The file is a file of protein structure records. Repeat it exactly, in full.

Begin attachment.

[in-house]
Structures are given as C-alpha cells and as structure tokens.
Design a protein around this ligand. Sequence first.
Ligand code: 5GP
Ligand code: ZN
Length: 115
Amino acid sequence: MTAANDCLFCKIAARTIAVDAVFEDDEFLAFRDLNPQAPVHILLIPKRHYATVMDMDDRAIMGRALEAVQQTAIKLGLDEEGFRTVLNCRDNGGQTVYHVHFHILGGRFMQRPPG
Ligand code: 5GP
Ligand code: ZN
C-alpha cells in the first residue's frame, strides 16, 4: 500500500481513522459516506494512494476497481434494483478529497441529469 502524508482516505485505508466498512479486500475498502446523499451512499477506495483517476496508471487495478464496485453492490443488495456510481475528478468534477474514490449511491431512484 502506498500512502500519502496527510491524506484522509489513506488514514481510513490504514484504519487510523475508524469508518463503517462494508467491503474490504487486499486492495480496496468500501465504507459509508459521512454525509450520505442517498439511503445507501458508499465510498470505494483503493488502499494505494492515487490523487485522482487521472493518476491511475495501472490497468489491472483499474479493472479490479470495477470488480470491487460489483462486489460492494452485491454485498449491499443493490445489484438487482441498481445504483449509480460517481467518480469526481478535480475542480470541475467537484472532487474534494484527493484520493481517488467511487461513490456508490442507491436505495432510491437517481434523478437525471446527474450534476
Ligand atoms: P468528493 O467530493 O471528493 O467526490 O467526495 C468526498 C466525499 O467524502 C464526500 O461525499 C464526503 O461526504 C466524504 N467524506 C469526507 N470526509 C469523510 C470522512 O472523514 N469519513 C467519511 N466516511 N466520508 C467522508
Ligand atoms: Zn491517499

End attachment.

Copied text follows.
[in-house]
Structures are given as C-alpha cells and as structure tokens.
Design a protein around this ligand. Sequence first.
Ligand code: 5GP
Ligand code: ZN
Length: 115
Amino acid sequence: MTAANDCLFCKIAARTIAVDAVFEDDEFLAFRDLNPQAPVHILLIPKRHYATVMDMDDRAIMGRALEAVQQTAIKLGLDEEGFRTVLNCRDNGGQTVYHVHFHILGGRFMQRPPG
Ligand code: 5GP
Ligand code: ZN
C-alpha cells in the first residue's frame, strides 16, 4: 500500500481513522459516506494512494476497481434494483478529497441529469 502524508482516505485505508466498512479486500475498502446523499451512499477506495483517476496508471487495478464496485453492490443488495456510481475528478468534477474514490449511491431512484 502506498500512502500519502496527510491524506484522509489513506488514514481510513490504514484504519487510523475508524469508518463503517462494508467491503474490504487486499486492495480496496468500501465504507459509508459521512454525509450520505442517498439511503445507501458508499465510498470505494483503493488502499494505494492515487490523487485522482487521472493518476491511475495501472490497468489491472483499474479493472479490479470495477470488480470491487460489483462486489460492494452485491454485498449491499443493490445489484438487482441498481445504483449509480460517481467518480469526481478535480475542480470541475467537484472532487474534494484527493484520493481517488467511487461513490456508490442507491436505495432510491437517481434523478437525471446527474450534476
Ligand atoms: P468528493 O467530493 O471528493 O467526490 O467526495 C468526498 C466525499 O467524502 C464526500 O461525499 C464526503 O461526504 C466524504 N467524506 C469526507 N470526509 C469523510 C470522512 O472523514 N469519513 C467519511 N466516511 N466520508 C467522508
Ligand atoms: Zn491517499